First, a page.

Update 10 February: Watch a video of the telesurgery from Kai Staats, Mars134 crewmember via space.com

Mars Desert Research Station. Credits: MDRS Crew 62

Mars Desert Research Station, USA. Credits: MDRS Crew 62

It sounds like something from a science-fiction survival-film: a colleague on a Martian outpost breaks a leg during a mission far from base. Brought back safely to base, the colleague is unconscious and losing blood. To make matters worse the patient is the only person who is qualified to provide aid for this type of emergency.

The MarsCrew134 Analogue Astronaut Expedition is simulating a mission to Mars over the course of two weeks at Mars Desert Research Station in the Utah desert, USA. Susan Ip Jewell, MarsCrew134 Medical Officer and Executive Office and member of the International Space Surgery Consortium is leading an experiment to play out the survival scenario. A realistic dummy used in hospitals acted as the Marsonaut in need of aid while two crewmembers of MarsCrew134 got ready to perform emergency first aid with minimal prior training.

Sea of ice. Credits: ESA/IPEV/PNRA-A. Kumar

Concordia Research Station. Credits: ESA/IPEV/PNRA-A. Kumar

To help and guide the MarsCrew134 team they called for help: doctors on ‘Earth’ – Matthieu Komorowski in Lille, France (medical officer of Crew133) – and ‘Mars’ – the Concordia team in Antarctica – joined the operation remotely. The International Space Surgery Consortium provided off-line support. The goal of this experiment is to see whether minimally trained crew personnel can perform anaesthesia and even an operation .

Concordia doctors were involved in this experiment to simulate two human outposts on Mars. Signals between Earth and Mars take up to 13 minutes so if a Marsonaut asked

Earth a question such as “The patient has stopped breathing what should I do?” a reply would not come back for over 25 minutes. Obviously in a life-threatening situation a more speedy answer is preferable, so a Mars base could ask for help from an ally closer to home.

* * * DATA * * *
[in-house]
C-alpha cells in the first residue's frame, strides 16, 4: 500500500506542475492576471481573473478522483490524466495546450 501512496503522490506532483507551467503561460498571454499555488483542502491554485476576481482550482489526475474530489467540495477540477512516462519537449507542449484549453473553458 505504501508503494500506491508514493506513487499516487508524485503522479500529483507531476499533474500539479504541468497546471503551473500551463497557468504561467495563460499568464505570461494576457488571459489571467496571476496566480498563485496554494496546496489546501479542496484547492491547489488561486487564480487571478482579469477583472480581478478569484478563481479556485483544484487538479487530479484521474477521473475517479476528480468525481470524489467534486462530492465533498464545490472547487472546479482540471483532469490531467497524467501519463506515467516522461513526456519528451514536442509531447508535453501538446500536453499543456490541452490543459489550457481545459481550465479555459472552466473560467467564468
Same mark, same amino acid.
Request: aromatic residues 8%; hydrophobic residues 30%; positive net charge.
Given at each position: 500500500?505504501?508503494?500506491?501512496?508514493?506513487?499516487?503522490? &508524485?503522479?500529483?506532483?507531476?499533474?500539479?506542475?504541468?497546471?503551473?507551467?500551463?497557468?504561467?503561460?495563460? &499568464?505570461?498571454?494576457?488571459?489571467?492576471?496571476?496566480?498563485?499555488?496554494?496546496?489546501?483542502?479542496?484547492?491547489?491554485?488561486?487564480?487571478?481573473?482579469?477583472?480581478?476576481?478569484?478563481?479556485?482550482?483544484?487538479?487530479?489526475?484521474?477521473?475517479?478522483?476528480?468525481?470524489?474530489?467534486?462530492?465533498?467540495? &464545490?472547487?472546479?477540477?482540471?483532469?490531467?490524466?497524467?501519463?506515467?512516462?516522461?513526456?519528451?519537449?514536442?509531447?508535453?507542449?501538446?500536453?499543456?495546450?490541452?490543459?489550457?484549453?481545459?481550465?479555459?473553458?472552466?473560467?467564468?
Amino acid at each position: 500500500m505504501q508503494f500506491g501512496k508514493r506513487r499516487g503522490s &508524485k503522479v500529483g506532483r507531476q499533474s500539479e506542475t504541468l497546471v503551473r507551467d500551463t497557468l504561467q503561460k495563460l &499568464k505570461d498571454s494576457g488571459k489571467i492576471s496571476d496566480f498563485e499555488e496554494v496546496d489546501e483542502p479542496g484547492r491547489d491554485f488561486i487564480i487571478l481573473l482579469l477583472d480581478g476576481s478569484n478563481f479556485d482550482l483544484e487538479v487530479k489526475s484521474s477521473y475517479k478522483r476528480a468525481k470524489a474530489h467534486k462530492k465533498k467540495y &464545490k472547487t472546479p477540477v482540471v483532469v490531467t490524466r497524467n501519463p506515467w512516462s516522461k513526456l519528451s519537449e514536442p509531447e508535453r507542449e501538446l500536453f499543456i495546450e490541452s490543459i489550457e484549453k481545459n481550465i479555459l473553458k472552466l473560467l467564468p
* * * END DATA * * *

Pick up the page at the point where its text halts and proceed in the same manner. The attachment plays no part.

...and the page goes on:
The two research bases involved in this experiment were assigned temporary locations on Mars. Mars134 was located at Mawrth Vallis and Concordia was placed at II Thyle I near the Martian South Pole.

Remote guidance

Research dummy. Credits: K. Staats

Research dummy. Credits: M. Komorowski

The patient has arrived at the Martian base and is in a critical state. Software simulates the patient’s vital signs based on real-life data. The prospects do not look good: the patient lost one litre of blood and is in shock. In this case it is vital to anesthetise and treat the wound. Blood pressure is 57/38, heart rate: 127, respiration: 24/min, saturation 94%.

The MarsCrew134 team on hand for the operation, Susan Jewell and Vibha Srivastava, followed the materials checklist under Matthieu’s supervision: Suction, Oxygen, Airway, Drugs, IV, Monitor, all confirmed in working order and ready.

Once the IV was in place Matthieu instructed the fluid to be administered at the highest setting. Oxygen was given through a face mask. Matthieu described getting the intubation tube into place with Concordia stepping in to give advice. The procedure was delayed by a tube getting lost in the hectic action. Matthieu instructed the MarsCrew134 team to use another tube.

The operating theatre. Credits: K. Staat

The operating theatre. Credits: Marscrew134-K. Staats

The crew got the job done with that small hiccup and the patient survived. Drugs administered brought the patient back to consciousness and the eyes opened and responded to basic orders such as squeezing hands. The patient was anesthetised and conscious!

To treat the wound, Concordia base doctors Tindari Ceraolo and Adrianos Golemis took over, leading their colleagues on Mars. The two sites were using satellite internet for the telesurgery-anesthesia and video was blurry and unreliable. To get the job done in these difficult circumstances, Susan described in detail what they were seeing and doing.

ESA-sponsored medical doctor in Antarctica Adrianos Golemis instructed Susan to clean the wound while Matthieu monitored the vital signs from France. From needle size to insertion angle, Adrianos directed the MarsCrew134 how to sterilize, clean and sew up the wound and protect it with gauze.

The operation was over in less than an hour and most importantly the patient survived to see another Martian sunrise.

Intubation with remote help. Credits: K. Staats

Intubation with remote help. Credits: Mars134-K. Staats

Vibha had been helping Susan throughout the procedure onsite at the MarsCrew134 habitat, as a crew scientist without a medical background she found it hard to follow some of the technical instructions such as ‘auscultate chest’. Future experiments might benefit from labelling equipment to find what is needed quicker. Reaching for tools was a struggle and coordination was difficult. Without prior training these things are probably unavoidable.

Susan remarked during the debriefing: “Finding the challenges and working out how to solve them in the future is what all this is about”.

The MarsCrew134 team have two days to complete their mission, the Concordia crew will stay on their base in isolation for another nine months at least.